News  “Gaybashing” on Mac campus not isolated incidents

Student society and security look to work together

Corrections appended, March 12, 2012

Almost a month ago, the assault of a queer student at Macdonald campus’ Ceilidh bar shocked students and faculty. On February 2, a group of non-McGill students attacked Kristian Fidrych – a U2 Wildlife Biology student – for dancing with another male student.

The assault is not an isolated incident. According to Patrick Blue, operations manager of Security at Mac campus, multiple incidents of “gaybashing” – in the forms of verbal intimidation, harassment and, in 2010, a death threat – have occurred.

Kerry Blake-Savery, Macdonald Campus Student Society (MCSS) president, spoke to the incident. “I think there’s been a bit of shock, and people are wondering: how do we proceed? I think that’s the biggest question on people’s minds,” she said.

Students and staff are raising concerns regarding the school’s security policies. Blue suggested preventative measures, including heightened security at McGill events.

“We need to have a better sign-in system for the bar,” Blue stated. “I don’t think people should be allowed to sign in more than one guest. I think the bar should have sufficient personnel to make sure they take all their IDs.”

Blue also spoke to the importance of security inside the bar, not just at the entrance. “Every time we had security in the bar, we had no problems. But the day of the [incident], we didn’t have extra security,” he said.

Elyse Lewis, co-administrator of Queer McGill, expressed the same need for security at downtown campus events.

However, Blue pointed out that while members of the McGill community might support heightened security, they might not support the accompanying price tag. “We have a good, solid team, and I’m very proud of them,” he stated. But he added that “it comes down to a question of who pays.”

Blue noted that modifications to security policies could only go so far to combat discriminatory acts. “This isn’t just a security problem,” he said.

MCSS VP Finance Nicolas Chatel-Launay agreed. “It’s more an issue of education,” he said.

MCSS plans to take initiatives to raise acceptance of diversity. So far, their plans involve decking the school in “Safe Space” posters, planning a diversity night linked to MCSS’s annual talent show, and accepting support from downtown campus organization Queer McGill.

Lewis expressed the need for staff training regarding queer issues, a tactic she says has been successful at Queer McGill. “If you’re able to train [the staff], it can often trickle down, because it’s hard to get a whole campus educated,” she said.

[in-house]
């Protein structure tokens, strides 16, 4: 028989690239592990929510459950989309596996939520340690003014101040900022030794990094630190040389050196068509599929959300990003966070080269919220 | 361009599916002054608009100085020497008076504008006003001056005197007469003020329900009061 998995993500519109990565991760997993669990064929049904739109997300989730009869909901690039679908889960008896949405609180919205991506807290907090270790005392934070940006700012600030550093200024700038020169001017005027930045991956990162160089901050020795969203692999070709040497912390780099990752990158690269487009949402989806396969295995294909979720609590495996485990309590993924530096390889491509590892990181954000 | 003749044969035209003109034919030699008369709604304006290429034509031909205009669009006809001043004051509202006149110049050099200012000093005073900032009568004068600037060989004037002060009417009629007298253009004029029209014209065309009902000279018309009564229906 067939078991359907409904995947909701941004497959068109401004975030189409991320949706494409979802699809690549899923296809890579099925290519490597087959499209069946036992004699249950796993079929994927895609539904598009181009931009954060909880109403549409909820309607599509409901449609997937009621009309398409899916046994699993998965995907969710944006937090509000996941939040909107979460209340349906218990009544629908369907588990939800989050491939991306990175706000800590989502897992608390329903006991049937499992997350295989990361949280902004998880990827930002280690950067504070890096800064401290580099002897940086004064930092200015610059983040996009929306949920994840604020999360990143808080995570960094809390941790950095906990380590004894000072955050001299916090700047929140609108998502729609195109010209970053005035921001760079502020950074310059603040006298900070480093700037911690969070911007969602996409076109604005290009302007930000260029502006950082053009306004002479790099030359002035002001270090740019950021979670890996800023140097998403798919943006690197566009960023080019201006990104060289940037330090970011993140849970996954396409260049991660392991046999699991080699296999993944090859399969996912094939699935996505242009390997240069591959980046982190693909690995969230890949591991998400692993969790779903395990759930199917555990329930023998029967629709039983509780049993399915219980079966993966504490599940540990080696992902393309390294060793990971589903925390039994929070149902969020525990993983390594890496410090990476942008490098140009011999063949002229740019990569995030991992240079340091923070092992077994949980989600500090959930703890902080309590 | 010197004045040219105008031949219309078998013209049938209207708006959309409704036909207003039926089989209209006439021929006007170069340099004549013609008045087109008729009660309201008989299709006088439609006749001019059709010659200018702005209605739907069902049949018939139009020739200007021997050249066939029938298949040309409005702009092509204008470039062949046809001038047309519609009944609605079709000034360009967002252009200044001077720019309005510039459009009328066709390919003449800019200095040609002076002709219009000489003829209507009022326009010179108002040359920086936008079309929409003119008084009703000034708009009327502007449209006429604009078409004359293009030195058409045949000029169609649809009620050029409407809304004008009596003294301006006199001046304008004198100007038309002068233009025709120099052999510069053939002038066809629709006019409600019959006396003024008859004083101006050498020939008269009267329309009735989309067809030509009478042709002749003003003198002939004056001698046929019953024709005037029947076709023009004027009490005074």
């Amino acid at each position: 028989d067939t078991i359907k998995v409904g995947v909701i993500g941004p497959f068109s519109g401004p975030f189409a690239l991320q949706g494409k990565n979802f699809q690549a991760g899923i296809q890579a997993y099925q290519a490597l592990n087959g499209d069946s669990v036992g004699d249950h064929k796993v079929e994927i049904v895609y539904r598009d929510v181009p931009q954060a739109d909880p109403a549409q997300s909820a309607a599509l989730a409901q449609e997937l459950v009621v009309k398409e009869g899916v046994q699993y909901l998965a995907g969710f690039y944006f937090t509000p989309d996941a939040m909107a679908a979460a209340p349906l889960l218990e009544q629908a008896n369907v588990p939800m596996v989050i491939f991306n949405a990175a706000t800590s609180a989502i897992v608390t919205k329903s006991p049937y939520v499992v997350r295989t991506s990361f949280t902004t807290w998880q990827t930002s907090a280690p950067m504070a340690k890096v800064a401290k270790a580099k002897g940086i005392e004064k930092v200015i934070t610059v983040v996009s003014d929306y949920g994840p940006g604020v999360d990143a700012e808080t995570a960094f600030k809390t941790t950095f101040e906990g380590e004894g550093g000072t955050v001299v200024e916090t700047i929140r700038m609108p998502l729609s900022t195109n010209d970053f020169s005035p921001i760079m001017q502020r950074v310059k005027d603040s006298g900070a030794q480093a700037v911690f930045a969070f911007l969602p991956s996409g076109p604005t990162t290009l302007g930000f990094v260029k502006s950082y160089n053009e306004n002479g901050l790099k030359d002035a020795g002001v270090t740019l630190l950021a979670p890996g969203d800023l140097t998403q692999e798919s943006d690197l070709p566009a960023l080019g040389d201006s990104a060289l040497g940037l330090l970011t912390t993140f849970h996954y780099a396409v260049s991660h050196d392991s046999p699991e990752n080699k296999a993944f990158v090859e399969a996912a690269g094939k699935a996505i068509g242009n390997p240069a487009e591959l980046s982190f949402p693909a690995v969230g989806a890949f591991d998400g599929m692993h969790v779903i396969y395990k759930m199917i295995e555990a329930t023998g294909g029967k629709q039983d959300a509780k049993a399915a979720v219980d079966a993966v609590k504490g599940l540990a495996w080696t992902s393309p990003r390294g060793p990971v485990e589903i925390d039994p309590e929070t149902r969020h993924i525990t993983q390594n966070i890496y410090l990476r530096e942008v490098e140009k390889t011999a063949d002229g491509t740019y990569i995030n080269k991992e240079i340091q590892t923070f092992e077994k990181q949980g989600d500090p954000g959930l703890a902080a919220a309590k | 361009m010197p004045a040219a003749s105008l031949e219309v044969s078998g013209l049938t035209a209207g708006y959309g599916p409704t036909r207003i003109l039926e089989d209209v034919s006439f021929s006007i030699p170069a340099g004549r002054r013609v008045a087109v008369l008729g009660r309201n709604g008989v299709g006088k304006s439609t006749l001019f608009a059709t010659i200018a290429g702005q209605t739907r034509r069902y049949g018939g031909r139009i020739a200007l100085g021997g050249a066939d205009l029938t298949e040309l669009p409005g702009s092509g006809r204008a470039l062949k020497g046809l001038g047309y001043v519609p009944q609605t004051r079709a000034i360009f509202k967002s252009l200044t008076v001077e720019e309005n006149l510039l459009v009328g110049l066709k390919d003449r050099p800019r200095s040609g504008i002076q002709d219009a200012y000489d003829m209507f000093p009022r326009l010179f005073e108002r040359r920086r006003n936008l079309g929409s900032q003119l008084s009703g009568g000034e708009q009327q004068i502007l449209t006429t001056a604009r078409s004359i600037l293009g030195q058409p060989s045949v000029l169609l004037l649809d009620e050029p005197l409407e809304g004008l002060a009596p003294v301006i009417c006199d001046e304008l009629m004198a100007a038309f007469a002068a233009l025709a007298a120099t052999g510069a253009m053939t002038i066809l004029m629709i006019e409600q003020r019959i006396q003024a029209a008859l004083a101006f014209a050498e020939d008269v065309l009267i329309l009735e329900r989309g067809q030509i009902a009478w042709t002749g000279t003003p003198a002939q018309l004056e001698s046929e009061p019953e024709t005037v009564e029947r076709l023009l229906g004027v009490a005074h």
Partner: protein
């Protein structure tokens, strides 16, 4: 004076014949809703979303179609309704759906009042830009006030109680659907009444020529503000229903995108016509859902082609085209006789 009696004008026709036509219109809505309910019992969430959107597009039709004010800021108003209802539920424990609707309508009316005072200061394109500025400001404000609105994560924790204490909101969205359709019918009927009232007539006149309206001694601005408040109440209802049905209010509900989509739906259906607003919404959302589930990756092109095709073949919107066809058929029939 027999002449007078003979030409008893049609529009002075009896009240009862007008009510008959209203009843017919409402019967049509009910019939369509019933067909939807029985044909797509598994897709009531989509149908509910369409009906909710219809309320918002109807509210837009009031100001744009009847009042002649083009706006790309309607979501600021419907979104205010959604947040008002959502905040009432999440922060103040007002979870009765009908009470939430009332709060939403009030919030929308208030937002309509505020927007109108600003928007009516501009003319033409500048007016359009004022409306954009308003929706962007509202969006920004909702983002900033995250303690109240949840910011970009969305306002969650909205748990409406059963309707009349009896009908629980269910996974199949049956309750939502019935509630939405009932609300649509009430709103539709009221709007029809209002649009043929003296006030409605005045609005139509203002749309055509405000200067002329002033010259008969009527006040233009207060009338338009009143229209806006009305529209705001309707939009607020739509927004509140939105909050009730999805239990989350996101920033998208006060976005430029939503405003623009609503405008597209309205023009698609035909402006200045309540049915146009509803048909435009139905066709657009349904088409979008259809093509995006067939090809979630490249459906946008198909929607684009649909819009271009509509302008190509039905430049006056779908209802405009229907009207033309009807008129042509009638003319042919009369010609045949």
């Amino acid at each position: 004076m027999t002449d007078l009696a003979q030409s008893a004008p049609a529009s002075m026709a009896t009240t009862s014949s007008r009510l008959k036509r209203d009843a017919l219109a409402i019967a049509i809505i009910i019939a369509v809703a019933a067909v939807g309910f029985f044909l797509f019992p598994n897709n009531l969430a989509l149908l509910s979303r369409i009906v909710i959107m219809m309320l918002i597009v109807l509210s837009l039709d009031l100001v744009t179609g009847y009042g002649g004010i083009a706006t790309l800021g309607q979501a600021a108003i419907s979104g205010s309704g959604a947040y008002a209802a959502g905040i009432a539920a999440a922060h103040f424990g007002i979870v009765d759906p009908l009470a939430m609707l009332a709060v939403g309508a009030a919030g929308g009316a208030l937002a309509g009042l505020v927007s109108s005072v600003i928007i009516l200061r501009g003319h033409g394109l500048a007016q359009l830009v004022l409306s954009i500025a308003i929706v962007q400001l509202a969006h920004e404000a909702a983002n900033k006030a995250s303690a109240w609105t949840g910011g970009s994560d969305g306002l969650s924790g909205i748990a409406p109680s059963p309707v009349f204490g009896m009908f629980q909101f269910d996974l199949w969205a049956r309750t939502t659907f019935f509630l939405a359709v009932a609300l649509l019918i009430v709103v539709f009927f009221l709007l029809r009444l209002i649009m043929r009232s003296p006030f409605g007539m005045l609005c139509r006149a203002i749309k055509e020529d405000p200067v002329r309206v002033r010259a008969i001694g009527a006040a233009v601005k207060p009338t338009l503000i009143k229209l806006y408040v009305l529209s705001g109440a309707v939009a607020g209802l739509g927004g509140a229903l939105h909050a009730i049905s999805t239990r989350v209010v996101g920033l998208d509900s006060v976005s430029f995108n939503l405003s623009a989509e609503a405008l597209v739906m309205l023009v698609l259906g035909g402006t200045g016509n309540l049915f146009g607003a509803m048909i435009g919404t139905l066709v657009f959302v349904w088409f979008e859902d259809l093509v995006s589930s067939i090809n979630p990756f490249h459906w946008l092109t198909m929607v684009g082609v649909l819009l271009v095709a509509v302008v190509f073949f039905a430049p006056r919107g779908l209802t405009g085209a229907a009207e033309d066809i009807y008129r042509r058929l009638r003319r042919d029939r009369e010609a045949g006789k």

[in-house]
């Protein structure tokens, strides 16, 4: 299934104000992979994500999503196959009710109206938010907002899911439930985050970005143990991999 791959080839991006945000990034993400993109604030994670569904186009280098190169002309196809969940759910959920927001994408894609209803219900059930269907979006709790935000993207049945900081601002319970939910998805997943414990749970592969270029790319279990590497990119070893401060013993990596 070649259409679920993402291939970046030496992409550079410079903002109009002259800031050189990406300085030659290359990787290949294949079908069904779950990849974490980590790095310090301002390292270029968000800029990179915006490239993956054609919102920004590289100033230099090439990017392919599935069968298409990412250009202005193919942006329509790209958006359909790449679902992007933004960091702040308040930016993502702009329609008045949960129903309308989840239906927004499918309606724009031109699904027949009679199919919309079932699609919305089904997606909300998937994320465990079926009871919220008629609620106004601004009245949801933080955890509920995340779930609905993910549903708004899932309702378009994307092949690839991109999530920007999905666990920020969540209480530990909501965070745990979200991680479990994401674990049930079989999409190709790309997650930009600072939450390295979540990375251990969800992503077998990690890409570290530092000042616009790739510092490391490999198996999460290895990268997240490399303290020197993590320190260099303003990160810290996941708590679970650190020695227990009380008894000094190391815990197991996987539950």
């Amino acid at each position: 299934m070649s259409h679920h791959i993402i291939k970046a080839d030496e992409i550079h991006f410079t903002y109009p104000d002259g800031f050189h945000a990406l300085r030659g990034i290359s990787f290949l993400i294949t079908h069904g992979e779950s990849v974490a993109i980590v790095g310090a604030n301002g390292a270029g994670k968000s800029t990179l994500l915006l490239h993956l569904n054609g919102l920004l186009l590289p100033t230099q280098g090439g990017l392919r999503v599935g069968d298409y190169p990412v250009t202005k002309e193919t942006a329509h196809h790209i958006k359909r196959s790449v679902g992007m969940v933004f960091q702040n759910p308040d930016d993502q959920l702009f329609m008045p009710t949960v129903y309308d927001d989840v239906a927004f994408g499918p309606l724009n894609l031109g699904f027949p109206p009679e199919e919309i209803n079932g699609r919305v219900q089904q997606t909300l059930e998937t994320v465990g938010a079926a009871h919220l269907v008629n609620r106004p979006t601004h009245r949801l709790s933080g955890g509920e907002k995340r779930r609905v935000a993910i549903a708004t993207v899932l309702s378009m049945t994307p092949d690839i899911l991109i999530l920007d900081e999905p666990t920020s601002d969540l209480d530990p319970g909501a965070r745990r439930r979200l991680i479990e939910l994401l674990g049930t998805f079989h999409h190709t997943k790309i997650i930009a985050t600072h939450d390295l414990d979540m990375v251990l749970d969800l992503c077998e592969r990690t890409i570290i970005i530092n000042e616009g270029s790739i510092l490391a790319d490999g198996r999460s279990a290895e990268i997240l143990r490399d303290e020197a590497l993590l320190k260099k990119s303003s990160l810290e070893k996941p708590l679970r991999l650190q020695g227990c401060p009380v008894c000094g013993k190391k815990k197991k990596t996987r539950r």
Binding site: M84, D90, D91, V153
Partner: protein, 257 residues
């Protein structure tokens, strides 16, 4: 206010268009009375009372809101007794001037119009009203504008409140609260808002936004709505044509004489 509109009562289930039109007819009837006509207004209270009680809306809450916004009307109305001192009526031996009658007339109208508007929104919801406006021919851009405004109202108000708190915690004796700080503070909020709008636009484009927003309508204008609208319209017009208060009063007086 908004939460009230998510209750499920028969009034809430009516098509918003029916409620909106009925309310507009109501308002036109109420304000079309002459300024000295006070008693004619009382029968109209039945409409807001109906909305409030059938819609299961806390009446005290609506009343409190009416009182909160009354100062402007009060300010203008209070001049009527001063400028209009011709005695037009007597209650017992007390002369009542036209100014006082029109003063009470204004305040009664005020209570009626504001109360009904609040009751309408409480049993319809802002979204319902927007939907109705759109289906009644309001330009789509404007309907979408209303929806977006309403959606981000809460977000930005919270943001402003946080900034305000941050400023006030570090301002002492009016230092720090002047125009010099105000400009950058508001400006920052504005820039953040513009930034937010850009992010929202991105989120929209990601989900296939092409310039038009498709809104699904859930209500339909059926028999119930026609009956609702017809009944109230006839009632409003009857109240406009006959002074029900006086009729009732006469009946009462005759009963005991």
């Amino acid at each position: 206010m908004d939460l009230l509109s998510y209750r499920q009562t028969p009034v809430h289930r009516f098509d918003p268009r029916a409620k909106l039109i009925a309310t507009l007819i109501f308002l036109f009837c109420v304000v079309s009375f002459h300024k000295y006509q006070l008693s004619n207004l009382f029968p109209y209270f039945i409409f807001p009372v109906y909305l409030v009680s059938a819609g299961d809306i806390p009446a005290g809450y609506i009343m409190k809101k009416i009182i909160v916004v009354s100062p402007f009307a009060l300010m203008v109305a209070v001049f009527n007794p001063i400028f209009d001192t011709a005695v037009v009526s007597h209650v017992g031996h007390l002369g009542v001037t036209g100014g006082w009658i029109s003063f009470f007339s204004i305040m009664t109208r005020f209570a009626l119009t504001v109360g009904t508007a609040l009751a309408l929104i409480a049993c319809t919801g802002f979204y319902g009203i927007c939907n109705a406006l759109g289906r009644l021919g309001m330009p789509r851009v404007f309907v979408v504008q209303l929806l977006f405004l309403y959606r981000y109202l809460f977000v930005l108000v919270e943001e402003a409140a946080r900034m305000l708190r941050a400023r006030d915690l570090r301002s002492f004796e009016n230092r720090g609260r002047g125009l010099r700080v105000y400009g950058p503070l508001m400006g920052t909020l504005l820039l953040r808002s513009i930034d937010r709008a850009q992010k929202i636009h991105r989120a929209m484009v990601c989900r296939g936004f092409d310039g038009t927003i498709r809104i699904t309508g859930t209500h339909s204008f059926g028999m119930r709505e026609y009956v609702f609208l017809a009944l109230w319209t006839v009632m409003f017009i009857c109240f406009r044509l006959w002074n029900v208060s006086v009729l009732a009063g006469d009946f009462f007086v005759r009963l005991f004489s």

Currently, the queer community at Macdonald has limited means for safe expression. Despite what Chatel-Launay called “a pretty big gay/lesbian community on campus,” Mac’s only established support group for queer students, Rainbow Mac, is currently inactive due to a lack of membership.

Timothy Schwinghamer, former Rainbow Mac president, attributed the lack of involvement to the fact that many queer students would not remain on campus in the evening, when most of the events were held.

He said that, unlike Queer McGill, Rainbow Mac does not have access to appropriate facilities for their members. “I think Rainbow Mac needs a safe little lounge office with an open door.  We have a room, which we share with other student clubs, but it’s locked all the time.”

MCSS and Queer McGill are hoping to work together to provide support to Rainbow Mac, at least until the organization can improve membership. However, representatives from Queer McGill are apprehensive about overstepping boundaries.

“It’s not our campus, technically, and we don’t want to say, ‘As the downtown campus, this is what we think they should do,’” said Lewis. She also spoke to distinctions in the community atmosphere and campus policies at Mac.

“There is the stereotype of more rural areas being not as queer-friendly, but I don’t know if that’s true,” she said, adding that similar discrimination exists downtown. “Just because people aren’t beaten up doesn’t mean there aren’t anti-queer sentiments here, too.”

Chatel-Launay also noted that many Mac students come from rural areas. He said that, in these communities, public homosexuality is “just not something you would see openly.”

Blue said he works with students and their faculty leaders each year. “I let them know there are students here that come from all walks of life,” he said. “This is a community, and it’s the McGill image. But they’re still young – we have to educate them, we have to work with them.”

In the printed version of this article, it incorrectly spells MCSS President Kerry Blake-Saveny and VP Finance Nicolas Chatel-Launay as Blake-Savery and Chauntel-Launay respectively. The Daily regrets the errors.